Does Foothills Jiu-Jitsu have active live resistance training?
Many martial arts feature active live resistance – that is, partners that are resisting and/or counter-attacking as would likely occur in a real-world self-protection event. The short answer to this question is yes, but in a controlled manner as an instructional or aerobic activity. Certain techniques or themes may be expanded during class to include an active component (for example, getting to one’s feet while being held down by an actively resisting opponent), but safety is always the primary consideration.
The main problem with active live resistance training is that it carries an increased risk of injury and depending upon the personalities involved, can also cause friction within the Dojo. Active live resistance drills, when done safely and in a controlled manner is a valuable way to determine how you may fare against a situation in a real-life self-protection event. Can-Ryu Jiu-Jitsu features techniques that are specifically geared to neutralize a physical threat and to achieve escape; because most students don’t learn well from a broken nose, a hyper-extended elbow or a separated shoulder, any active live resistance training at Foothills Jiu-Jitsu must follow a rule set for everybody’s safety.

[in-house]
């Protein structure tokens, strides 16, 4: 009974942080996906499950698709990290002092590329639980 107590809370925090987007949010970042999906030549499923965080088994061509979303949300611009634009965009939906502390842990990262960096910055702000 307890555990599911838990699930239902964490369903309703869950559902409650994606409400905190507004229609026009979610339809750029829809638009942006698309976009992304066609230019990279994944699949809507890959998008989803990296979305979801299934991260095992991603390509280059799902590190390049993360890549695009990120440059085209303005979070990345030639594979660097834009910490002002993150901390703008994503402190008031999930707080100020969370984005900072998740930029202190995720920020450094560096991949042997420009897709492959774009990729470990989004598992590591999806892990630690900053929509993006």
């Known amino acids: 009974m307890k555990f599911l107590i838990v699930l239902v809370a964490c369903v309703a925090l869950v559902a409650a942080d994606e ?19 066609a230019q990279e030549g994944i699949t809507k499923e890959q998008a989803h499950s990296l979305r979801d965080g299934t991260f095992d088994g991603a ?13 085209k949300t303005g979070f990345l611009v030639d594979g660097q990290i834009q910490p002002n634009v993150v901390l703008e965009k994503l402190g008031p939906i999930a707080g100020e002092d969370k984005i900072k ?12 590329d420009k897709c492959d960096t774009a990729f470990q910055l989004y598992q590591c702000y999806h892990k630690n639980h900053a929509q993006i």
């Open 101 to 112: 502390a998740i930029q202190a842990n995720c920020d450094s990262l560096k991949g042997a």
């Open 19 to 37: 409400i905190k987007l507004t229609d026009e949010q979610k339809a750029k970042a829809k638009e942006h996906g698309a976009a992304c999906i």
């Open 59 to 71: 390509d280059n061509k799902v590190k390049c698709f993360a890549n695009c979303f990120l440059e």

Does Foothills Jiu-Jitsu belong to any type of organization?
Foothills Jiu-Jitsu is a member in good standing with the Canadian Jiu-Jitsu Union, an organization that oversees the Can-Ryu Jiu-Jitsu system and supports Jiu-Jitsu instructors Canada-wide with respect to their development and teaching. The Canadian Jiu-Jitsu Union is managed by Ed Hiscoe, Hanshi (10th Degree Black Belt, President CJJU) and Steve Hiscoe, Soke (9th Degree Black Belt, Vice President CJJJU). Both of these individuals are accomplished martial artists that have dedicated their martial arts lives to the study and betterment of the Can-Ryu Jiu-Jitsu system and the instructors that teach it. Both Ed Hiscoe and his son Steve Hiscoe teach Can-Ryu Jiu-Jitsu at their schools in Ottawa, Ontario and Chilliwack, British Columbia respectively.